Rita Crayon Huang's Reviews > Shark vs. Train

Shark vs. Train by Chris Barton
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Feb 03, 11

Read in November, 2010

Brilliant concept. Genius!! This book is a perfect gift for every imaginative three-to-eight year old you know (and that's all of them), by which I mean that you-know-it-when-you-see-it stage that often starts before three and lasts well beyond eight--when kids start randomly pretending they're tigers and panda bears, engaging in contests, liking trains . . . Okay, this book is for everyone. You see a kid, and you can't help but want to give them this book. (That's my favorite Chinese grammar construction, by the way: "can't help but." Fei bu ke. Wo fei gei ni zhe ben shu bu ke! Probably doesn't even make sense.)

This book is doubly genius from a writer's perspective, in that I can't imagine the audacity of the author, Chris Barton, coming up with this magnificent concept ("Shark vs. Train: Who Will Win?") and proposing a whole string of ridiculous contests, and then punting the problem of the outcomes to the illustrator. Hahahaha!! (Of course, many of the contests appear to have foregone conclusions when you read the book. But imagining writing it before the illustrations existed is hilarious.)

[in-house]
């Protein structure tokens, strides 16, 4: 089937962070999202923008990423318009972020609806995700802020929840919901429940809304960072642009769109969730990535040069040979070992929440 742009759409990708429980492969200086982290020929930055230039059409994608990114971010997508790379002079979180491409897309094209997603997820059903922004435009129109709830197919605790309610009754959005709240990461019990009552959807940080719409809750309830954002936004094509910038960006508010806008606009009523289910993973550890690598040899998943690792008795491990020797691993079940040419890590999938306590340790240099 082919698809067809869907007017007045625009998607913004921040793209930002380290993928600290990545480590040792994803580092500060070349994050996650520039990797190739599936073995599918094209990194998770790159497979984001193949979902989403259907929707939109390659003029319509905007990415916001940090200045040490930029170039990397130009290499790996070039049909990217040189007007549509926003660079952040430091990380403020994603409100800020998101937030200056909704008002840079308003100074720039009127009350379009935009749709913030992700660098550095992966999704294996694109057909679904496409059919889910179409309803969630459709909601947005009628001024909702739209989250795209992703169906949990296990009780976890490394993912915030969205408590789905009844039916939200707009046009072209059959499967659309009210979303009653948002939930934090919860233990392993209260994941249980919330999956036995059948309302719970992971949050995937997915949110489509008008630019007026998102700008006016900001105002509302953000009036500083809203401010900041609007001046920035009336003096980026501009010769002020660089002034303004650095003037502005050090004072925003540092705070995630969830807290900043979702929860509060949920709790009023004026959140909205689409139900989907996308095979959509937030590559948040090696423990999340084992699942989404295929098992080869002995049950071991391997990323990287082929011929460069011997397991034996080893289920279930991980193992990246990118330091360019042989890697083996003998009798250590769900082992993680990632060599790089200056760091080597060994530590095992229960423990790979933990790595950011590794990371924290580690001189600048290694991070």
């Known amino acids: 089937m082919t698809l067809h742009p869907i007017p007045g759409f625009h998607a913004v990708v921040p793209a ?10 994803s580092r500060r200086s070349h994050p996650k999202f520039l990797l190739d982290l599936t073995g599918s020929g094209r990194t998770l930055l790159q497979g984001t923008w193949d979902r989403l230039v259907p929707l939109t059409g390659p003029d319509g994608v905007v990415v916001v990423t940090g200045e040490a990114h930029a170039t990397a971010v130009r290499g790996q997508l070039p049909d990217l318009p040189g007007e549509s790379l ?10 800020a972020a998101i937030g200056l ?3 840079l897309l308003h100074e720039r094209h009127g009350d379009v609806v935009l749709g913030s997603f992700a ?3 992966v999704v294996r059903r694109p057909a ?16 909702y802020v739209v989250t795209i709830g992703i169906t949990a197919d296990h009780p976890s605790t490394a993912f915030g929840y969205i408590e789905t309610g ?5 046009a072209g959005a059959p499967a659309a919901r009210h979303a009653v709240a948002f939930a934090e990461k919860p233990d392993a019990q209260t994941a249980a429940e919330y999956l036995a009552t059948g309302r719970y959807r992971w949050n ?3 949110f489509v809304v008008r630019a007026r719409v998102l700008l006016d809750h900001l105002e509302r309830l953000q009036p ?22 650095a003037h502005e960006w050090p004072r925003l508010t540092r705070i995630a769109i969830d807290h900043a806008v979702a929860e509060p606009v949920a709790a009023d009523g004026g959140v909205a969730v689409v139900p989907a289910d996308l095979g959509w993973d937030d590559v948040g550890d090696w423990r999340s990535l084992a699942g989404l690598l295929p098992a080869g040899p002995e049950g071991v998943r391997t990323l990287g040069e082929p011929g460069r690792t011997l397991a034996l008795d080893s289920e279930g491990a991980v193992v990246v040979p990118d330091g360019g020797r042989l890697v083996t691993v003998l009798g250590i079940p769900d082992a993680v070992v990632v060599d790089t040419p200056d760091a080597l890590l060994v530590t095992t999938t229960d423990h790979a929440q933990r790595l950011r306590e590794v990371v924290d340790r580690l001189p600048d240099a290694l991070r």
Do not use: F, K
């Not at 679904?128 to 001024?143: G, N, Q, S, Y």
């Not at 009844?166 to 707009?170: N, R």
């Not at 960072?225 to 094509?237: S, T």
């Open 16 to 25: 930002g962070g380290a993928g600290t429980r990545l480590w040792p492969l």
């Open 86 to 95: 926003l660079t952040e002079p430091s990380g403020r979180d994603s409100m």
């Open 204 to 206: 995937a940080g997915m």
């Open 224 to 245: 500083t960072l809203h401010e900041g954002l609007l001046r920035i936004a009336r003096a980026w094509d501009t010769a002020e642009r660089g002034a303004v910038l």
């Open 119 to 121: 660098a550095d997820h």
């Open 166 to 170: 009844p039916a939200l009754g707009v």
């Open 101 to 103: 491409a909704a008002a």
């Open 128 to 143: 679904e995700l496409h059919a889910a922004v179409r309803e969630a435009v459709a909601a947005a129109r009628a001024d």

UPDATE: Alas! As I was posting this, I realized I could--and should--look up the reality behind my fantasy of this book's making. I went to Alvina's "Beyond the Book" blog post about Shark vs. Train, and now . . . all is explained. Chris Barton did not punt his magnificent concept to whichever illustrator the publisher chose. Instead, said illustrator, Tom Lichtenheld, immediately obtained explicit permission from Little, Brown to collaborate directly with the author, and they back-and-forthed intensely between themselves and their editor throughout. (This is an exception. Normally, picture book writers and illustrators that have been paired by a publisher do not communicate, and authors expect to have little-to-no influence on illustrations once their stories have sold. Hence, my fantasy.)

Read more about it at the above link. You can even see a piece of Chris Barton's original manuscript there, including dialog, and an alternate cover! From there you can also follow further links, such as to this fascinating interview at Seven Impossible Things, which includes Shark Vs. Train outtakes!
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